Indicative of Correa’s ultimate commitment was placing Ivonne Baki, a conservative politician who had participated in previous neoliberal governments, in charge of the Yasuní project.
Critics have long referred to petroleum as a “resource curse.” The value added to the processing of raw commodities accrues to advanced industrial economies, not to Ecuador. Furthermore, as Ecuador raised taxes on oil companies the companies stopping investing in new explorations and production stagnated at about 500,000 barrels per day.
Serious questions remain whether a reliance on export commodities could ever grow Ecuador’s economy. A common saying in Ecuador was that country became a dollar poorer for every barrel of oil that it exported.
Carlos Larrea notes that although Ecuador has exported petroleum for more than four decades, “poverty still affects one in three Ecuadorians, and almost half of our workers are underemployed.” No oil-exporting country, he maintained, has managed to achieve an equitable and sustainable form of development. Economic studies illustrate resource extraction provide a fundamentally flawed strategy for economic development.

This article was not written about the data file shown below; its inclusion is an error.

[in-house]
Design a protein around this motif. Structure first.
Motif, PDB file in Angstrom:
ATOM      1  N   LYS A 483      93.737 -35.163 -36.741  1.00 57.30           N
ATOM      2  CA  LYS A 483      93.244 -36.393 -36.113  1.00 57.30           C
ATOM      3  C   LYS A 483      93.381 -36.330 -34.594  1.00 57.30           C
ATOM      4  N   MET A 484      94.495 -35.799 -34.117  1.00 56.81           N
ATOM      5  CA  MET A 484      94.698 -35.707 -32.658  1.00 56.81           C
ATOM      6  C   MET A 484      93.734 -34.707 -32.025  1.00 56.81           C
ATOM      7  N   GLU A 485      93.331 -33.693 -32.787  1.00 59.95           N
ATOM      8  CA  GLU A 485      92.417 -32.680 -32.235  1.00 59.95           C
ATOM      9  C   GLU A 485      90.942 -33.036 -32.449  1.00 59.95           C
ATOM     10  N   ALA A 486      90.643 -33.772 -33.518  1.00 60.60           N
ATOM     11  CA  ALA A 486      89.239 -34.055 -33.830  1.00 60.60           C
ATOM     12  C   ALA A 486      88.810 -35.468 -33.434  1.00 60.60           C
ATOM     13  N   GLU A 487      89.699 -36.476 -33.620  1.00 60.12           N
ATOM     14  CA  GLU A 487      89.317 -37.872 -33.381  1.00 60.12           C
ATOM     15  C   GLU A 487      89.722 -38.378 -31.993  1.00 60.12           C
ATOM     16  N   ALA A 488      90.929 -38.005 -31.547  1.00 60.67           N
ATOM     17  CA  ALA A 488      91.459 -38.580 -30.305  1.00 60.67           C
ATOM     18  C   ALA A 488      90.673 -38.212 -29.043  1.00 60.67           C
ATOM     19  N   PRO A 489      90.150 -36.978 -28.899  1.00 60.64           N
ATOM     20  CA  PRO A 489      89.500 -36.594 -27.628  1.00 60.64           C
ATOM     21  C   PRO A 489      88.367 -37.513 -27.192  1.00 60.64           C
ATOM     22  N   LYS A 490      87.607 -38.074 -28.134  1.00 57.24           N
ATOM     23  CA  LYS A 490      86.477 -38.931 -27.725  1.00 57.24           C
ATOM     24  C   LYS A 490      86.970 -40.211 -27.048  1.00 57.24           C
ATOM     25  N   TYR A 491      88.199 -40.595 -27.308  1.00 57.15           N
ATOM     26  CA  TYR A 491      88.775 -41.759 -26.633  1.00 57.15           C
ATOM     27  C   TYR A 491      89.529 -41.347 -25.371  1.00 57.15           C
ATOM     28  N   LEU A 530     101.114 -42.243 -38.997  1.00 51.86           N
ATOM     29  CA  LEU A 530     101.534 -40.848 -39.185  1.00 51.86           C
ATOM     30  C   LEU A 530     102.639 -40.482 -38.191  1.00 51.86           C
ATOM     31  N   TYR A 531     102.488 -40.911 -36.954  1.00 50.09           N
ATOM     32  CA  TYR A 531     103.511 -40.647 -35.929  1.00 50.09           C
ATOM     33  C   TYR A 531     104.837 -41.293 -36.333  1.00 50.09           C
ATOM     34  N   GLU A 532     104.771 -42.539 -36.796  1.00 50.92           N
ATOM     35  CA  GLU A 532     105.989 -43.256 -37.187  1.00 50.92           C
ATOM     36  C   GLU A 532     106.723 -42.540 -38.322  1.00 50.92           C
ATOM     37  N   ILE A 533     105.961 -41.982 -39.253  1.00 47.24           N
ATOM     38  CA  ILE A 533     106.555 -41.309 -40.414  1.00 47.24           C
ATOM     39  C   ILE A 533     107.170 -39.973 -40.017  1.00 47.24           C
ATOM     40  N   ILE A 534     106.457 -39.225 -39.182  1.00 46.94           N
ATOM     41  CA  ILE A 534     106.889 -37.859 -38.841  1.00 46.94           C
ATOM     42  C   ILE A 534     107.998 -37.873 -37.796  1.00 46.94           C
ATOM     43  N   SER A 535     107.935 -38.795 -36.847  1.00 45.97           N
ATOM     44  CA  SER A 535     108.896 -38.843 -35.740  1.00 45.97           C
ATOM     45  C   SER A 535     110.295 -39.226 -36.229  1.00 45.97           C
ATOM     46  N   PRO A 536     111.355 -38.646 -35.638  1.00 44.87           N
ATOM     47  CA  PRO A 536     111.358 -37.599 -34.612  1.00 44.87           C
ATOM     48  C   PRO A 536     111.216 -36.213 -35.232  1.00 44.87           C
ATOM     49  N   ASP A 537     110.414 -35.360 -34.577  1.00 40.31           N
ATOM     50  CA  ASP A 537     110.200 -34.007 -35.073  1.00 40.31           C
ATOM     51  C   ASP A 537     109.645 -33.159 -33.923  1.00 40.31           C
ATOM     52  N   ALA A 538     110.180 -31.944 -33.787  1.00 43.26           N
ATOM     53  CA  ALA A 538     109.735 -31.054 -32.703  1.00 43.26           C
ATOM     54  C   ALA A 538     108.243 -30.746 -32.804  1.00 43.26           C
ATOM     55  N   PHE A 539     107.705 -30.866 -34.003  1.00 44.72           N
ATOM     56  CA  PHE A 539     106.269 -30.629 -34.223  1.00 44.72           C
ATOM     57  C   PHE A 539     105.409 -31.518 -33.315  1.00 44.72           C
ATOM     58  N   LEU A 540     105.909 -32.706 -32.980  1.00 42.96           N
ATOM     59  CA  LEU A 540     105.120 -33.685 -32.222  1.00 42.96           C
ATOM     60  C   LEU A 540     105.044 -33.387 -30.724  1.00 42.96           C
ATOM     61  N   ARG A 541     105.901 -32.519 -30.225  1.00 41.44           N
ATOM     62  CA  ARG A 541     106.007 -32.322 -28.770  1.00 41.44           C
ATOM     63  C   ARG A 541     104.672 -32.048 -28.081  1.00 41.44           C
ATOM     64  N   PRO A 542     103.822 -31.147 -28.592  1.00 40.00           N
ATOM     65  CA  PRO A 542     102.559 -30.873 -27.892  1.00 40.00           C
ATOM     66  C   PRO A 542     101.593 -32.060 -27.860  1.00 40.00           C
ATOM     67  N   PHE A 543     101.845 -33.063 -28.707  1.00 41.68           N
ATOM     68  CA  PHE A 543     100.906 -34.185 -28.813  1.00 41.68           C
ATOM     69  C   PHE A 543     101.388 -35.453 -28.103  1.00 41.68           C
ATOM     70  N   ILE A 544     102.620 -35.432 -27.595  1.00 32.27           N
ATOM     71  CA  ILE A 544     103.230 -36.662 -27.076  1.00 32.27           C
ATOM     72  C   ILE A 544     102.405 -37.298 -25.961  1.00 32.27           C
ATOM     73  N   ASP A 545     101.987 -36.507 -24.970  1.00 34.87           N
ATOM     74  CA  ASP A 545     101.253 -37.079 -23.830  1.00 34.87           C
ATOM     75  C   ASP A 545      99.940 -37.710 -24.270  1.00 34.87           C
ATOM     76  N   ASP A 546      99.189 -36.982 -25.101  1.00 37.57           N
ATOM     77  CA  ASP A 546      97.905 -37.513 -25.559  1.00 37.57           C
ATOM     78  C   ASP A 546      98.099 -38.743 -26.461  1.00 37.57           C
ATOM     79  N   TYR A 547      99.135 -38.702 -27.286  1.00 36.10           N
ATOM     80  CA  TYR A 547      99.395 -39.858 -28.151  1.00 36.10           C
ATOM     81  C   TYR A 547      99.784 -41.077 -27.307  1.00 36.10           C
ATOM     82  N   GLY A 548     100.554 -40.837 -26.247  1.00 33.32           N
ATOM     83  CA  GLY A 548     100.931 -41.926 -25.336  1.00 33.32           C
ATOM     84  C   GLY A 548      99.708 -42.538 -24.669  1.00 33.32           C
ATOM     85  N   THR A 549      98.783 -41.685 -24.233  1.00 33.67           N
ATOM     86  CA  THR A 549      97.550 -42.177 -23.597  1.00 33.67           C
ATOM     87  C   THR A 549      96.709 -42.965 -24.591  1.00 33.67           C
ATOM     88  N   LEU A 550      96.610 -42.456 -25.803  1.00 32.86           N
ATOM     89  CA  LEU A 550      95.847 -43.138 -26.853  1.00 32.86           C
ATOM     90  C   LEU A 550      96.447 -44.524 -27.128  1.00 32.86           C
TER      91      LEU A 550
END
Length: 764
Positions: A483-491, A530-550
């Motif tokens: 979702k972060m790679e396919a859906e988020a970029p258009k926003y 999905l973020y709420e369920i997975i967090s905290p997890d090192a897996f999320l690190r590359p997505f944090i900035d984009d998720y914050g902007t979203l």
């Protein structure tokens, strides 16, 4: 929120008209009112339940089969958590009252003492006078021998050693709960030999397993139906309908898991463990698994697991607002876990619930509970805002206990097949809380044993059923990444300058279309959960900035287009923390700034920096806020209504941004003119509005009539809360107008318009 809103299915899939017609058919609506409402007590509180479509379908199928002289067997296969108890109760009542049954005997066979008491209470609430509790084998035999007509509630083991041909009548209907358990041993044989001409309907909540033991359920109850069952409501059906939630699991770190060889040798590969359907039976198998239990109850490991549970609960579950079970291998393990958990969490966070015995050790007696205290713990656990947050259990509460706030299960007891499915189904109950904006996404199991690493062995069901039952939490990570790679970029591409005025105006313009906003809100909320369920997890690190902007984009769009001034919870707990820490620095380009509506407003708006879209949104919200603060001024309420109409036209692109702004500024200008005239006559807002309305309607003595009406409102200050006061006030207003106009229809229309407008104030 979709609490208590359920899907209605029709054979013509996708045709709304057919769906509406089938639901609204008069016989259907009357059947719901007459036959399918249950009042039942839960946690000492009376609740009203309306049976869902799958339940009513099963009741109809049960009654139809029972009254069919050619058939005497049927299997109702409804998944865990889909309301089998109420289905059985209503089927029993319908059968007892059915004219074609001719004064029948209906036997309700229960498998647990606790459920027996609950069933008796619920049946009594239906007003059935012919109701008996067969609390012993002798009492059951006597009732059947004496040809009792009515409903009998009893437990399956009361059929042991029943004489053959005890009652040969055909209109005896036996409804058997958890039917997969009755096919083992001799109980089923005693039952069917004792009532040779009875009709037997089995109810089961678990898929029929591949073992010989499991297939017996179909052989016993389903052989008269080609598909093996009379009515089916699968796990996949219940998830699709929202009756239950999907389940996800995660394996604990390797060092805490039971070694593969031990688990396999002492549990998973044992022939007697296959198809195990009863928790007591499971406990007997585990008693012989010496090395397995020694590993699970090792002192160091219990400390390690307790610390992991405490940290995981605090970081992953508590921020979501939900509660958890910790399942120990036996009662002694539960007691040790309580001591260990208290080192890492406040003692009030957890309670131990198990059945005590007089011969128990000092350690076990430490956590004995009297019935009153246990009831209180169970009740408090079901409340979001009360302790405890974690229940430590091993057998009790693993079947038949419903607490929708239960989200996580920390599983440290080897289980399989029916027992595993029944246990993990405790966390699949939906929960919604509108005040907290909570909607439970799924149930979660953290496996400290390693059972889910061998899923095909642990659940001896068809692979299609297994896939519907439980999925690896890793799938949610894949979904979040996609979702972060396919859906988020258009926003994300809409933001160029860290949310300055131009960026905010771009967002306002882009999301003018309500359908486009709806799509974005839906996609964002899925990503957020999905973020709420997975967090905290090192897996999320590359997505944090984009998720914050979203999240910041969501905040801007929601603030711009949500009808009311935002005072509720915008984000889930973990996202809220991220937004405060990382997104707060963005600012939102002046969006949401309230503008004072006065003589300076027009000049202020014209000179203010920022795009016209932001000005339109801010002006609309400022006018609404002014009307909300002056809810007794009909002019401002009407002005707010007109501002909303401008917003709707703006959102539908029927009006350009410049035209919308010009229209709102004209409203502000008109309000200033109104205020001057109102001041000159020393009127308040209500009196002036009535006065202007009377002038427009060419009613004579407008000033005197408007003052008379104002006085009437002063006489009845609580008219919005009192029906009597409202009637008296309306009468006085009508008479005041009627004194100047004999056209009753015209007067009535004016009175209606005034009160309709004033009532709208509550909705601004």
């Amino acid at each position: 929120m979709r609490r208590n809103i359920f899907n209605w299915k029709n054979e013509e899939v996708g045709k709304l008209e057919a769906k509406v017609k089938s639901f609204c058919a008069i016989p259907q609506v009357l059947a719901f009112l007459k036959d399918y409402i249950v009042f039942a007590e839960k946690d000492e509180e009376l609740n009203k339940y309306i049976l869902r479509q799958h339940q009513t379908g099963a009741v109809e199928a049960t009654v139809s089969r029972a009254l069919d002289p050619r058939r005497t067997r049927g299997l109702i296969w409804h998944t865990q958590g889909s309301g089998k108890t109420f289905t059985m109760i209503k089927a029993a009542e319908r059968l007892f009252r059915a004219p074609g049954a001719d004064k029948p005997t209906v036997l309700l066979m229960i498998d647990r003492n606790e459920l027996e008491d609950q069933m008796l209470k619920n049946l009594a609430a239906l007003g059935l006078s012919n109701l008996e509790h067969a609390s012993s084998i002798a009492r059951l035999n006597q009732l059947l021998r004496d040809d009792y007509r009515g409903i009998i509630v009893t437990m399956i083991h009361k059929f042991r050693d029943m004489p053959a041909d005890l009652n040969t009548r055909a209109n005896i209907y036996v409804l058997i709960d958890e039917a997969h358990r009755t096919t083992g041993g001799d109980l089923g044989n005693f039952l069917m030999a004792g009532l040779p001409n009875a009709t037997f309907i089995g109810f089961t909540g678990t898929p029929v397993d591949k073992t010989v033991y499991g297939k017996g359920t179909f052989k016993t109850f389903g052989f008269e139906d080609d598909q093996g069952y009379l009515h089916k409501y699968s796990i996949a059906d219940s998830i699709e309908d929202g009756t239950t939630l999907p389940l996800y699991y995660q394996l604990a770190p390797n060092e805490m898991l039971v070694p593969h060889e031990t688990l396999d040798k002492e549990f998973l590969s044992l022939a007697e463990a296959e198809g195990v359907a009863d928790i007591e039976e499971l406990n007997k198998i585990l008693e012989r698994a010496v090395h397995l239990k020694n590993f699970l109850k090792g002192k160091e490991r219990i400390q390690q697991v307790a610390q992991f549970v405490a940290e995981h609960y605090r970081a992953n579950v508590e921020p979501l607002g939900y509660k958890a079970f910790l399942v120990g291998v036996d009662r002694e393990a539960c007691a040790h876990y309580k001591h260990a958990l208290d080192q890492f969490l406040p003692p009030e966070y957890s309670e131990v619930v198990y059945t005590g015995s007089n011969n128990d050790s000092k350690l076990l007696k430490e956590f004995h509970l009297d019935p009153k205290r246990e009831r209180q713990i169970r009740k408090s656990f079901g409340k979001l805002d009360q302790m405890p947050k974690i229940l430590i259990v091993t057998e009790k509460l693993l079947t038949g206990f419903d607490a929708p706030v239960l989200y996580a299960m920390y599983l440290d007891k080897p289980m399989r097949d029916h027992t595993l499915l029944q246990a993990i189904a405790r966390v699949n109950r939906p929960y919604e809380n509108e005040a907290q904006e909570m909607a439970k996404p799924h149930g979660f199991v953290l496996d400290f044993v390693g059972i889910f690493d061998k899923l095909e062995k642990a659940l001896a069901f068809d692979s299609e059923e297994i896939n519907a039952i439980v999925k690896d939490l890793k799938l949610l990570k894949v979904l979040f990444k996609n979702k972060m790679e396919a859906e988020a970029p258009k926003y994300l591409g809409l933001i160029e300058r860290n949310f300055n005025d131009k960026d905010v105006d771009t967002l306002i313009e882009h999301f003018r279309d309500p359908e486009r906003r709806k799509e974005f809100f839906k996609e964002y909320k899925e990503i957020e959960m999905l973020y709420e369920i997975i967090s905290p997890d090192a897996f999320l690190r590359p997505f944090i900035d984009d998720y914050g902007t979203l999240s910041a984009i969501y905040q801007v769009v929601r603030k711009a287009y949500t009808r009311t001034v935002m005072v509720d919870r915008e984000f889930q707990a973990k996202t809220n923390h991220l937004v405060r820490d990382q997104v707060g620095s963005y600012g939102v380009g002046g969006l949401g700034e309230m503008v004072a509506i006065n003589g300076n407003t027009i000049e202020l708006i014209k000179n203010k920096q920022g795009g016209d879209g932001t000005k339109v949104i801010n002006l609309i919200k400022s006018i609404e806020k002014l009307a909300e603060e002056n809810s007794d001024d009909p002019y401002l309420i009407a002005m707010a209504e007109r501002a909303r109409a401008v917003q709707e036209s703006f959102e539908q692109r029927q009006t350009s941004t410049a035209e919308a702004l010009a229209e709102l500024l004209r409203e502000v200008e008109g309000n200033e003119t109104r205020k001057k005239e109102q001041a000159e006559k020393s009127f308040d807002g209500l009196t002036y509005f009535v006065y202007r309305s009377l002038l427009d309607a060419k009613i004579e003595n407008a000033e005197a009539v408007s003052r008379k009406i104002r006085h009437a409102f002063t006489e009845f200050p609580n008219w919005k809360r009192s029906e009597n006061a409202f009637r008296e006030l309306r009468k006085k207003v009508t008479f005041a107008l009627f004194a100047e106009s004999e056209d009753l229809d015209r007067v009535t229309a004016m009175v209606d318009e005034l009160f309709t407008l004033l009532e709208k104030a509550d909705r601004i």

Leftist opponents repeatedly charged that Correa had failed to make a fundamental break from a capitalist logic of resource extraction. Sociologist Jorge León Trujillo states that he never understood how the commodification of the environment, as would happen with the Yasuní initiative, could be considered a revolutionary proposal.
The economic proposals that Correa pursues are not unlike those that the conservative economist Hernando de Soto in neighboring Peru has long advocated. At best, for leftists Correa’s approach appeared to be one of green capitalism that was quickly discarded when it no longer provided the expected economic returns.
On August 22, in the name of Indigenous, student, and environmental organizations, the noted jurist Dr. Julio César Trujillo formally delivered a request to the constitutional court in Quito for a popular referendum on the president’s plans to drill in the ecologically sensitive park.